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Choosing a Color for Your Website

Monday, September 29th, 2008

One of the first things that we notice when we visit a website is its colour palette. This can be a subconscious realization when the colours are subtle, or very noticeable when the shades are bold or jarring. While many website colours are chosen based on the personal aesthetics of the client or the web designer, choosing the most effective colours involves more thought than this.

colors

Colour Theory

No article about choosing colours would be complete without at least mentioning colour theory-the science that explains how colours go together. However, we won’t be going into detail about this, except to mention its importance in colour palette selection. While choosing colours can be done without knowledge of colour theory, for the colour scheme to work, the colours must follow the theory. In other words, if you know and can apply colour theory, you will find choosing effective colour palettes much easier. For more information, visit this link for an excellent primer.

Psychological impact of colour

This is dependent on factors such as age, gender and culture as well as personal preference. For example, every culture has different colour associations, and as a result it can be very difficult coming up with a colour that will suit all cultures (for more information, please see this article). The only way to select a colour palette that will appeal to your visitors is by knowing your target market.

While few people will have the time or budget to do a full-blown survey of a target market, an informal poll may be better than nothing, although you should be aware of the potential for misinterpretation. If you are fortunate, your target market’s reaction to colours will have been studied already, and a quick web search should provide you with some guidelines. Another good way to find out what colours work well for your market is to visit successful competitor websites and see if there is a common scheme in use (e.g. blue is often used by corporations: IBMMicrosoft).

Legibility

The consideration of text colour in combination with background colour is worth mentioning separately, as written content is normally the most important aspect of a website. High contrast text is easiest to read, and for this reason, black text on a white background is often preferred. However, beware of high contrast colour combinations that cause the boundaries of the colour to appear to “vibrate”, as in the following example:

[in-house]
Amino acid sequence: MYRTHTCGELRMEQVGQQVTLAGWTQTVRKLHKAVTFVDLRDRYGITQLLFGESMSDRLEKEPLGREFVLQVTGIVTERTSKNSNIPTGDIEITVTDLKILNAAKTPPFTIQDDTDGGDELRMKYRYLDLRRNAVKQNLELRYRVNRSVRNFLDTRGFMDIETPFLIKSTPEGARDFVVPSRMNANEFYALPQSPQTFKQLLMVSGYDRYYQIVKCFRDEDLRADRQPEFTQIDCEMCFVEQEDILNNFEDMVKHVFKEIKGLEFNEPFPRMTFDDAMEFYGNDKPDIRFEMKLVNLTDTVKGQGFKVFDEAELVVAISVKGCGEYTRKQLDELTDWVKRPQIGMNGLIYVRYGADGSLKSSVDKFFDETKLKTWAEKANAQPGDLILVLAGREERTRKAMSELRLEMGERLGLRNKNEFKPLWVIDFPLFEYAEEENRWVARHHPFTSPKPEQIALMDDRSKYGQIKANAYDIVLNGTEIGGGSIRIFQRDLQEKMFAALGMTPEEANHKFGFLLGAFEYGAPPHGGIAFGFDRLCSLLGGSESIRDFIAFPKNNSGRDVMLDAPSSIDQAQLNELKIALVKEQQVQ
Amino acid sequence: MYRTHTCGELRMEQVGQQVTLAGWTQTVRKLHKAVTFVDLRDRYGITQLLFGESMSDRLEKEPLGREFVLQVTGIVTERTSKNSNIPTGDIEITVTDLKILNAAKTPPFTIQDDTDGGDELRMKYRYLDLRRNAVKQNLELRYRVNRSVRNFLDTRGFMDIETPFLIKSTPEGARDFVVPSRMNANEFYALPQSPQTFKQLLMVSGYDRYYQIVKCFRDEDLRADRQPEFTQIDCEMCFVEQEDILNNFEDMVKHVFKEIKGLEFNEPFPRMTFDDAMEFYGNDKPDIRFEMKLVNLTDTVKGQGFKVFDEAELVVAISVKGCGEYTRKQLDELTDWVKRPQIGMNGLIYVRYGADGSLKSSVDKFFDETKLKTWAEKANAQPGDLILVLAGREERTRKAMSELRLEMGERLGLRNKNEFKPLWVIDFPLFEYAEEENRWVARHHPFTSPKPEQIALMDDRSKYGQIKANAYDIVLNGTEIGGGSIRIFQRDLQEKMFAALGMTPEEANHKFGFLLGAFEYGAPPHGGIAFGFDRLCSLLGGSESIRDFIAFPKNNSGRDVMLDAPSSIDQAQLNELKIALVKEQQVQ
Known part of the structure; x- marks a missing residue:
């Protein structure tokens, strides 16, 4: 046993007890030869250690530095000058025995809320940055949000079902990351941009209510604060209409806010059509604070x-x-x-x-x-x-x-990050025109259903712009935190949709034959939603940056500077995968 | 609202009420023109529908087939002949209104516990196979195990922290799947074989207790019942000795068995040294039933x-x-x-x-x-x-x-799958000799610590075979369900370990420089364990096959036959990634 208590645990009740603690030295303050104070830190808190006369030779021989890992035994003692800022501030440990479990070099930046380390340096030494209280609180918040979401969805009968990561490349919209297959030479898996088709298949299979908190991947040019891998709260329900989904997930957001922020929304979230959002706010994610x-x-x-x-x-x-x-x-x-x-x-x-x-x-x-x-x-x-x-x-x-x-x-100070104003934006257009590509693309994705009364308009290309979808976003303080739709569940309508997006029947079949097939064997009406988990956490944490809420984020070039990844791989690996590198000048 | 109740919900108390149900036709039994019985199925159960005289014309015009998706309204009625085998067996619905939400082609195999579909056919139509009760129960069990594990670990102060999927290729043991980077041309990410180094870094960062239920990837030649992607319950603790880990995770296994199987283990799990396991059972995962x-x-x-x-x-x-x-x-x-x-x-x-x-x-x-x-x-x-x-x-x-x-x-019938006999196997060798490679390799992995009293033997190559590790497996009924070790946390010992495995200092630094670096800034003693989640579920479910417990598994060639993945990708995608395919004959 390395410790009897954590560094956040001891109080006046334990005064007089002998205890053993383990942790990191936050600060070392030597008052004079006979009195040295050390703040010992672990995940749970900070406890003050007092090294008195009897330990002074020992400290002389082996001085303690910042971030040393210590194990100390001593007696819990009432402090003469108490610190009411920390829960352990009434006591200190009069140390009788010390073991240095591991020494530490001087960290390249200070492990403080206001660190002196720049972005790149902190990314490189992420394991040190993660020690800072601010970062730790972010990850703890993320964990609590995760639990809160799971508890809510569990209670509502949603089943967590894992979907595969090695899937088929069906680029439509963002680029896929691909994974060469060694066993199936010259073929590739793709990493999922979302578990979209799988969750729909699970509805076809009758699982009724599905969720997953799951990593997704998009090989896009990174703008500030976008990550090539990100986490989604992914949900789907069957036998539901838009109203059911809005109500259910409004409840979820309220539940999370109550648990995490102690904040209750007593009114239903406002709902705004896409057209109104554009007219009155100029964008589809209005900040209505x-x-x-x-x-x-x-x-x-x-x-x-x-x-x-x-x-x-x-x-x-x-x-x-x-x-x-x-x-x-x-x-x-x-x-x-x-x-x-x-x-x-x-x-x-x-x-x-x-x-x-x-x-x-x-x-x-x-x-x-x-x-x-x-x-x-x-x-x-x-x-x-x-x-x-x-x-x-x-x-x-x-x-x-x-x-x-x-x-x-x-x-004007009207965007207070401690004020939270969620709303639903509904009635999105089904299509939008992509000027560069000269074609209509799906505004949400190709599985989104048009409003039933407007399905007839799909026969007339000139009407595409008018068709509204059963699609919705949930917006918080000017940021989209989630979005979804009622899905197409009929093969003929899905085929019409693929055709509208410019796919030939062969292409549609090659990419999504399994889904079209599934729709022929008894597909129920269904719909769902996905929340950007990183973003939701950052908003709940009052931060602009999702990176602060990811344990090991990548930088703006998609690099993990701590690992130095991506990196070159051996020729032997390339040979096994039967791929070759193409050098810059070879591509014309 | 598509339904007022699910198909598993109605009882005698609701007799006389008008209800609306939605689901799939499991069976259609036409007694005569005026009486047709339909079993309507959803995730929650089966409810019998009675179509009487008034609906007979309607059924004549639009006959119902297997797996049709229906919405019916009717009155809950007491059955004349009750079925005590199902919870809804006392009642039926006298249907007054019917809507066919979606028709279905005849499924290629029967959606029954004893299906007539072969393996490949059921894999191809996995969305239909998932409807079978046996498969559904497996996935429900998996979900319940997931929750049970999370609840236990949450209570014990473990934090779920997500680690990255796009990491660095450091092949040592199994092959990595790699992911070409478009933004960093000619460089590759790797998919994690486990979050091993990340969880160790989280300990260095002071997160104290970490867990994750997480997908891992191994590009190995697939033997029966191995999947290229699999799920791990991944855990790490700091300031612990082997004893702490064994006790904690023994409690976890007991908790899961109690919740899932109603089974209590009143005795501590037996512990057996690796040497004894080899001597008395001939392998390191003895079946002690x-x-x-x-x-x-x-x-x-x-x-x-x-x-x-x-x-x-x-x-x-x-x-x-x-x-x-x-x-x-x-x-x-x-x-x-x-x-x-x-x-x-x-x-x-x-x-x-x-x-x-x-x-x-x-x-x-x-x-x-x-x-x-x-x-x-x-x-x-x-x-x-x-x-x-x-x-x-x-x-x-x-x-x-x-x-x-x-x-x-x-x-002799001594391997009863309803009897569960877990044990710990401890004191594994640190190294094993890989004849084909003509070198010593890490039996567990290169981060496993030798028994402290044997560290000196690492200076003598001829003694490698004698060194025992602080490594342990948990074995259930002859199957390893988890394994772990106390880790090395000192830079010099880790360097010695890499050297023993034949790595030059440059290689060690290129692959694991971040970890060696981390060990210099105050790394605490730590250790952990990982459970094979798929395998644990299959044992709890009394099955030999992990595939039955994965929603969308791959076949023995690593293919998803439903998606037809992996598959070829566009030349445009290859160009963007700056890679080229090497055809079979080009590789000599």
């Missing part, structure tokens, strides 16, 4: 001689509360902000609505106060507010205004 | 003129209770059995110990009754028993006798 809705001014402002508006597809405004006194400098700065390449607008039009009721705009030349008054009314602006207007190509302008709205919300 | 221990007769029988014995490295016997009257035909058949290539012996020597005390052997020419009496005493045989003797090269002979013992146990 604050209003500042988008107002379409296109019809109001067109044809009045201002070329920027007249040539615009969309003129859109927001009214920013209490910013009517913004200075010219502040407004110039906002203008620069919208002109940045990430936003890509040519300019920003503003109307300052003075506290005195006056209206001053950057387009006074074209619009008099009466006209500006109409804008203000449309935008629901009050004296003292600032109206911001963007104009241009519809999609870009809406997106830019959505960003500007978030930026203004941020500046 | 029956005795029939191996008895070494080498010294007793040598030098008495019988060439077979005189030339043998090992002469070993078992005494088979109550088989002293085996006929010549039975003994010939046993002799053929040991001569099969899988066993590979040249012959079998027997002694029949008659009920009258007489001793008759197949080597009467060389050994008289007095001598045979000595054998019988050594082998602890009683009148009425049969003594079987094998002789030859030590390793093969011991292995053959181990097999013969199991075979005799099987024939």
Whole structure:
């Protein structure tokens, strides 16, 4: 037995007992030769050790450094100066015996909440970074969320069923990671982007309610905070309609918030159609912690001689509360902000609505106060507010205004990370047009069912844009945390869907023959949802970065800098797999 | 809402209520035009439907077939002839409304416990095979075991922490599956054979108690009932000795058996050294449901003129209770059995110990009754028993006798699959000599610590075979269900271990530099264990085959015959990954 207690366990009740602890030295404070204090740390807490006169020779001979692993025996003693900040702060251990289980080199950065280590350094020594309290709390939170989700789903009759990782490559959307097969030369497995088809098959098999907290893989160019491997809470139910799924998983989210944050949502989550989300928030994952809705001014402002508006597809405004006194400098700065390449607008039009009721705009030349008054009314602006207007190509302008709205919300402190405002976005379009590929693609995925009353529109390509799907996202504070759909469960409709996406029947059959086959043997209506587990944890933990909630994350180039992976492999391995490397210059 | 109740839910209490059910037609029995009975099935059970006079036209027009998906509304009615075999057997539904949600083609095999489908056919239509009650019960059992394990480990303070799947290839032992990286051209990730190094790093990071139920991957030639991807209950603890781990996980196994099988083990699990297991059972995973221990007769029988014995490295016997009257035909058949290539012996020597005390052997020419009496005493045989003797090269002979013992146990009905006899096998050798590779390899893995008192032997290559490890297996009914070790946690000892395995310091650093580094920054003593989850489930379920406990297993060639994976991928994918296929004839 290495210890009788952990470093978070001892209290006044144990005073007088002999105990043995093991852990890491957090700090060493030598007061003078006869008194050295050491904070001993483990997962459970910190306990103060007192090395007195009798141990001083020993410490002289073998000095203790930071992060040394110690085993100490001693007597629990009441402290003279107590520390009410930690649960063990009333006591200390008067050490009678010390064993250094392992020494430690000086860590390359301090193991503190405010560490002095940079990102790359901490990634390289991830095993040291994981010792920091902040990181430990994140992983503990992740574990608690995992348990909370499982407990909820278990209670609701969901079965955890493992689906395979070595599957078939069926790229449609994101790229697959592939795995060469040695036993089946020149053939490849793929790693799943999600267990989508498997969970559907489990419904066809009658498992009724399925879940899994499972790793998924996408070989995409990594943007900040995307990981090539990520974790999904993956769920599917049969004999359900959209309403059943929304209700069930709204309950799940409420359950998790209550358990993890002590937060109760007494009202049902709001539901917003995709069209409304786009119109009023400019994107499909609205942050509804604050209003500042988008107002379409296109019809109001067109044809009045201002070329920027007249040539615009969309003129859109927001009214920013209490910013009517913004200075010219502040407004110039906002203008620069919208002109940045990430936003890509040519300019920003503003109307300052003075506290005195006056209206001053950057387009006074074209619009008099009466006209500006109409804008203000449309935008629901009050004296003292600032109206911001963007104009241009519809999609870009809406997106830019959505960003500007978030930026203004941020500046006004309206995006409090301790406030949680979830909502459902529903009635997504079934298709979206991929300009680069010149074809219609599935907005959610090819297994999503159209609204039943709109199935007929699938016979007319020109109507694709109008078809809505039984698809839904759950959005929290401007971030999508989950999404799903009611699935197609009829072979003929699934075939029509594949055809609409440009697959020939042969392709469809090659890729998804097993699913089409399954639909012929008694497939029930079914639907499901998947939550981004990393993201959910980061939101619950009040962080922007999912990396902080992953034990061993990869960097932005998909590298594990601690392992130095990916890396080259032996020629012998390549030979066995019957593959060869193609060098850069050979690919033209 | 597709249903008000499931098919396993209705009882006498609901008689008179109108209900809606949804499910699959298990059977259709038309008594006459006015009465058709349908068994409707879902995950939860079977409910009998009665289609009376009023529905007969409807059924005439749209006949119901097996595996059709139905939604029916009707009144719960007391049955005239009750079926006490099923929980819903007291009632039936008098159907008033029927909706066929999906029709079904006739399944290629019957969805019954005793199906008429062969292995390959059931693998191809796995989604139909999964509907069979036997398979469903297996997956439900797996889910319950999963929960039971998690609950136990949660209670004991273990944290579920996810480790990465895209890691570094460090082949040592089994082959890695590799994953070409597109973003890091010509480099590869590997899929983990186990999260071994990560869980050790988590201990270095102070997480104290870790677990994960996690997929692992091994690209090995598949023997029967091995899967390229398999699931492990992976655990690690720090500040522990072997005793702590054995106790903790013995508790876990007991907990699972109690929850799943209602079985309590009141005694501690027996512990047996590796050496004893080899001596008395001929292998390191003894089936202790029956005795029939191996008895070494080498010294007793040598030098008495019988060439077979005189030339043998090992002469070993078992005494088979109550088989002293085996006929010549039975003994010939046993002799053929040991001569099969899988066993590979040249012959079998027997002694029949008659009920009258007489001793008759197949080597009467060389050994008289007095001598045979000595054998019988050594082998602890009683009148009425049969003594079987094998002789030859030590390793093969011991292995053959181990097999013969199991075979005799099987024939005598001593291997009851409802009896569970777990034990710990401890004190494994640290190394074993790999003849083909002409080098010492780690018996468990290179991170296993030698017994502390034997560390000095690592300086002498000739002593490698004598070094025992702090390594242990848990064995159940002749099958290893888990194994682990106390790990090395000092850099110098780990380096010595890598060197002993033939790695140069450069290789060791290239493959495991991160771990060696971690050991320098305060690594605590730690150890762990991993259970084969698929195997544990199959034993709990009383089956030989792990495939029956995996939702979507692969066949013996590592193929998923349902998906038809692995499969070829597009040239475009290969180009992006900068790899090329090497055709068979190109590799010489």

Vibrating colours

Accessibility

In the US alone, 2,800,000 people are affected by colour-blindness (http://depts.washington.edu/ophthweb/statistics.html), and so this is an important consideration for any website. Colour blindness is more common in males, and also differs in prevalence depending on race, so again, knowing your target audience is important. By using tools such as Color Oracle you can replicate what users with the three main types of colour vision defects will see when they look at your website. For some more general advice on what to avoid and best practice, try the following.

If you are expecting elderly users or users with impaired eyesight, this is another consideration for colour, with high contrast colour combinations become more important (of course in combination with a larger font size).

While you do not have to limit the website colours you use so that they look the same to all your visitors, you can take accessibility seriously and ensure that your website can be used easily by everyone. As with all accessibility issues, automated programmes can only provide best guesses, and you should really see how your target market copes with your colour scheme by carrying out testing and getting feedback.

Conclusion

There’s a lot to think about before choosing your website’s colour scheme. What is clearly important is that you know your target market and their attitudes towards colours. Equally important is the ability to choose colours that work harmoniously together, to create a good aesthetic impression. Finally, a website that cannot be read easily or even used at all will leave visitors and potential customers with a very bad impression of your business.

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One Response to “Choosing a Color for Your Website”

  1. Suzanne Says:

    great tutorial i also found this useful http://www.mutinydesign.co.uk/web-design-resources/how-to-create-a-proper-colour-palette-for-web-design/

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